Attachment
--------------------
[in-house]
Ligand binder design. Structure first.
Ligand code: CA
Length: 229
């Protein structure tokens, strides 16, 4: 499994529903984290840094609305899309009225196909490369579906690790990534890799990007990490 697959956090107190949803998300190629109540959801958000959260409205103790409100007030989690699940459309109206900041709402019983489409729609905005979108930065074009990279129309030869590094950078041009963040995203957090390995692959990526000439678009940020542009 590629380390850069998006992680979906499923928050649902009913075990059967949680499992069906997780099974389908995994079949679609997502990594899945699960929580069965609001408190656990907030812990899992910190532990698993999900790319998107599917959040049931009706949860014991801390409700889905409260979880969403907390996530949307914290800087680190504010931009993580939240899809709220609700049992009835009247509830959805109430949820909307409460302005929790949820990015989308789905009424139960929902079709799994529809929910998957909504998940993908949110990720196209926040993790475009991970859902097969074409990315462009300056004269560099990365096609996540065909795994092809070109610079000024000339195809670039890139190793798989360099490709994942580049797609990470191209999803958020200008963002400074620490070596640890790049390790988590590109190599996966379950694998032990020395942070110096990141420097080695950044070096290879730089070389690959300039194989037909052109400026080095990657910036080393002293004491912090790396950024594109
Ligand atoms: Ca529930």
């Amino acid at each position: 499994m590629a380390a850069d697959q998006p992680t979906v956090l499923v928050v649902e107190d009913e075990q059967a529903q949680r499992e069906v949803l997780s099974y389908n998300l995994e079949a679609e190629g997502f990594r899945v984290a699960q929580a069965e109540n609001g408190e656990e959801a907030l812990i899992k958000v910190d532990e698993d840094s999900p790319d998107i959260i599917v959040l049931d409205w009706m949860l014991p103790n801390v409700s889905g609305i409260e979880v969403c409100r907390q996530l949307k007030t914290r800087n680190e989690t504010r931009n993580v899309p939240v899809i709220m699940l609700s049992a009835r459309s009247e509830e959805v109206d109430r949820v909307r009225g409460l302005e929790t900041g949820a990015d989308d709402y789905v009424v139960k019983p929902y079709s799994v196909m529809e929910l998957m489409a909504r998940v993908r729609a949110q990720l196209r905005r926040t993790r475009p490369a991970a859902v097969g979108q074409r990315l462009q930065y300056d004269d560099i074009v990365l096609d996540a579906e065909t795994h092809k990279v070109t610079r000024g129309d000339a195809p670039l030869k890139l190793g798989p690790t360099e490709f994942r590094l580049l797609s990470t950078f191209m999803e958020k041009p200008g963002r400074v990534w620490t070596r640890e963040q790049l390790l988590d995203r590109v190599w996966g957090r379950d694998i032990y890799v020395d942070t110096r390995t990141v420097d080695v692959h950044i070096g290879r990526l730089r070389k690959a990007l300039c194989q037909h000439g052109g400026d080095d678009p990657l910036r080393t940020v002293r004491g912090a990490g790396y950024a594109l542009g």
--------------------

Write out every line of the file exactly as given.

[in-house]
Ligand binder design. Structure first.
Ligand code: CA
Length: 229
């Protein structure tokens, strides 16, 4: 499994529903984290840094609305899309009225196909490369579906690790990534890799990007990490 697959956090107190949803998300190629109540959801958000959260409205103790409100007030989690699940459309109206900041709402019983489409729609905005979108930065074009990279129309030869590094950078041009963040995203957090390995692959990526000439678009940020542009 590629380390850069998006992680979906499923928050649902009913075990059967949680499992069906997780099974389908995994079949679609997502990594899945699960929580069965609001408190656990907030812990899992910190532990698993999900790319998107599917959040049931009706949860014991801390409700889905409260979880969403907390996530949307914290800087680190504010931009993580939240899809709220609700049992009835009247509830959805109430949820909307409460302005929790949820990015989308789905009424139960929902079709799994529809929910998957909504998940993908949110990720196209926040993790475009991970859902097969074409990315462009300056004269560099990365096609996540065909795994092809070109610079000024000339195809670039890139190793798989360099490709994942580049797609990470191209999803958020200008963002400074620490070596640890790049390790988590590109190599996966379950694998032990020395942070110096990141420097080695950044070096290879730089070389690959300039194989037909052109400026080095990657910036080393002293004491912090790396950024594109
Ligand atoms: Ca529930």
């Amino acid at each position: 499994m590629a380390a850069d697959q998006p992680t979906v956090l499923v928050v649902e107190d009913e075990q059967a529903q949680r499992e069906v949803l997780s099974y389908n998300l995994e079949a679609e190629g997502f990594r899945v984290a699960q929580a069965e109540n609001g408190e656990e959801a907030l812990i899992k958000v910190d532990e698993d840094s999900p790319d998107i959260i599917v959040l049931d409205w009706m949860l014991p103790n801390v409700s889905g609305i409260e979880v969403c409100r907390q996530l949307k007030t914290r800087n680190e989690t504010r931009n993580v899309p939240v899809i709220m699940l609700s049992a009835r459309s009247e509830e959805v109206d109430r949820v909307r009225g409460l302005e929790t900041g949820a990015d989308d709402y789905v009424v139960k019983p929902y079709s799994v196909m529809e929910l998957m489409a909504r998940v993908r729609a949110q990720l196209r905005r926040t993790r475009p490369a991970a859902v097969g979108q074409r990315l462009q930065y300056d004269d560099i074009v990365l096609d996540a579906e065909t795994h092809k990279v070109t610079r000024g129309d000339a195809p670039l030869k890139l190793g798989p690790t360099e490709f994942r590094l580049l797609s990470t950078f191209m999803e958020k041009p200008g963002r400074v990534w620490t070596r640890e963040q790049l390790l988590d995203r590109v190599w996966g957090r379950d694998i032990y890799v020395d942070t110096r390995t990141v420097d080695v692959h950044i070096g290879r990526l730089r070389k690959a990007l300039c194989q037909h000439g052109g400026d080095d678009p990657l910036r080393t940020v002293r004491g912090a990490g790396y950024a594109l542009g």